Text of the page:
- Protocols for updating and patching software
According to Joe Blazeck, Sales and Business Development Leader at Xage Security, “we are really moving away from the concept of trusted networks, where organizations verify once at the perimeter, and we’re moving towards a security approach where organizations continually verify every user, every device, application, and transaction. We are avoiding implicit trust in devices and networks and we’re moving to this new principle of least privilege.”
While these directives may seem obvious, they present headaches in the field. A prime example is software updates that routinely cause unplanned downtime due to the sheer breadth of regions in which pipelines operate and the often disconnected groups of IT contractors that patch pipelines in a piecemeal fashion across these vast geographies. These computer-based deployments may seem like a simple task, both for the platform and the software, but when you think about that platform spread across North America, you understand the breadth of the challenge of that kind of update. Major challenges around software patching along with asset management control and the sheer number of individuals’ credentials to maintain are just a few headaches for operators responsible for securing critical infrastructure today.
Stratus and Xage Ease the Pain of DX for Pipelines, Unlocking Game-Changing Possibilities
Implementing a zero-trust methodology and other requisite mitigation strategies is simple and easy with the right Edge Computing and cyber security solution providers. According to Blazeck, “the foundational tenet of zero trust is that no actor, system, network, or service operating outside or inside the security perimeter is trusted. Instead, these organizations verify any and all requests to connect to any systems before granting access. You can almost imagine that the security tools in a zero-trust model assume that devices and users have malicious intentions, and they almost assume that a breach has already occurred.” What this means practically is administrators must answer the question of how to implement a successful set of rules to verify every transaction in their network, a challenge that can quickly become unmanageable in traditional OT networks that rely on granular one-to-one rulesets.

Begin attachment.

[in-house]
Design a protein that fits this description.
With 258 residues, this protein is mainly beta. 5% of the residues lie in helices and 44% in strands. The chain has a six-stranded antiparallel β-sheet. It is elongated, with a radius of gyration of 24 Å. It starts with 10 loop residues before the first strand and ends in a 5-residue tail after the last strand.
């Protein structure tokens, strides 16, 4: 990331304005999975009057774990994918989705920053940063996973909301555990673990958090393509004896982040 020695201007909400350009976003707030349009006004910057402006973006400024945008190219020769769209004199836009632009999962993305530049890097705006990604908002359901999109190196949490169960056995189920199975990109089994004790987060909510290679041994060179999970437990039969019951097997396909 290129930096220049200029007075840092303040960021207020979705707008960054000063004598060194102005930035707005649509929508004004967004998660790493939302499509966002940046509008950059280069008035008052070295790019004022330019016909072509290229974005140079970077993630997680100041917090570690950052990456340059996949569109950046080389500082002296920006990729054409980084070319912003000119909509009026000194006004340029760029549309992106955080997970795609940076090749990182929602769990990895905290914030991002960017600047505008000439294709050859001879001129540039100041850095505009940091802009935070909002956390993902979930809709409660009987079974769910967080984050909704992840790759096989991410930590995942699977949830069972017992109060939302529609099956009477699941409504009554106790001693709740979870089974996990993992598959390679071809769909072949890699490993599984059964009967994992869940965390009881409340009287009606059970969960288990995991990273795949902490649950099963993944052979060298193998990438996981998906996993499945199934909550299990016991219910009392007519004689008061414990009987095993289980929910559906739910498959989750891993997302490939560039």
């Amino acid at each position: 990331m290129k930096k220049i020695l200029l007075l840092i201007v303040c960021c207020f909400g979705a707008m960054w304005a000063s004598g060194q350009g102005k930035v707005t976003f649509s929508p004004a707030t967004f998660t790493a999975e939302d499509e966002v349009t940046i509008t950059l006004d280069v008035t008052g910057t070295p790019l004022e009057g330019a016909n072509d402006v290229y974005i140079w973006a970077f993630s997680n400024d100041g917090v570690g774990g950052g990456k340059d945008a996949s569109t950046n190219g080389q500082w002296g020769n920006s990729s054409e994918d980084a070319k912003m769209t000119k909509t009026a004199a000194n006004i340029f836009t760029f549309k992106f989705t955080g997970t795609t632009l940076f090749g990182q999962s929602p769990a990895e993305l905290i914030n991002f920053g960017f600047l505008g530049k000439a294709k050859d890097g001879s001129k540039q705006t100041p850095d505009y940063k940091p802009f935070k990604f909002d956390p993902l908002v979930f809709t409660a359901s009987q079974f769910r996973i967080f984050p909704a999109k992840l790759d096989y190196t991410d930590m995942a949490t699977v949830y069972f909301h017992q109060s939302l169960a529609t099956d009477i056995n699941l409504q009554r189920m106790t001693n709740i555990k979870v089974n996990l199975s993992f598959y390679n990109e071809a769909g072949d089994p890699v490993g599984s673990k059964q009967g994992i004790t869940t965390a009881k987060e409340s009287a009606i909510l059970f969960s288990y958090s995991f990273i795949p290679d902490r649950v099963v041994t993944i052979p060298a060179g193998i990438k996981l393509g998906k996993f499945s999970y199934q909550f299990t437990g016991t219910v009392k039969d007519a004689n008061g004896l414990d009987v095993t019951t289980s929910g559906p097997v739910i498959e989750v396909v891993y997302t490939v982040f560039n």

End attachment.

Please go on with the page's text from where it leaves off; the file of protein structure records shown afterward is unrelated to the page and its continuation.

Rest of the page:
This is where Xage and Stratus come in. Blazeck continues, “We approach this by building identities for all of these different pieces. We build an identity for every user, device, and application and extend that to data points. We then control — by grouping and by policy, as opposed to opening and closing firewall ports — how these identities are permitted to interact with each other. Each identity, whether it’s a user or a thing, has its own perimeter, and every identity is able to interact with other identities based on policies administered in the central Xage system. This identity-centric zero-trust approach allows operators to maintain trusted connections with all remote end points.” These are just a couple of the capabilities Xage solutions offer. Running this kind of cutting-edge cyber security software on a fault-tolerant server like the Stratus ztC Edge also allows organizations to operate through outages, securely.
The beauty of the Xage and Stratus solutions is that they’re primarily software-based and can sit on top of legacy hardware, enabling capabilities like onsite access filtering for older PLCs with no sense of security baked in. “It almost seems a little easy, a little simple,” Allemand says, “but we can deploy this … doing all the things that digitalization promises. You’ve got a server running at the edge, capable of performing these heavy-lift tasks at the edge — including security — as you extend that network out to meet new requirements.”
The criticality of adopting a secure industrial computing solution cannot be understated. After all, if organizations are to use data from Edge Computing devices to make better business decisions, then it’s imperative to ensure the authenticity, accuracy, and privacy of that data, which hackers have a proven propensity to spoof in traditional IA architectures.
When the digital transformation journey is efficiently secured, however, the opportunities are endless. According to Stratus expert Rudy de Anda, “What we’re finding is that if you deploy those technologies, and you deploy them efficiently, it’s an opportunity to gain the bandwidth to deploy some of these really powerful connected and edge tools that leverage your data while also strengthening your security posture, rather than weakening it.”
To learn more, watch the full webinar, Actionable Insights to DHS Cybersecurity Requirements in Oil and Gas below.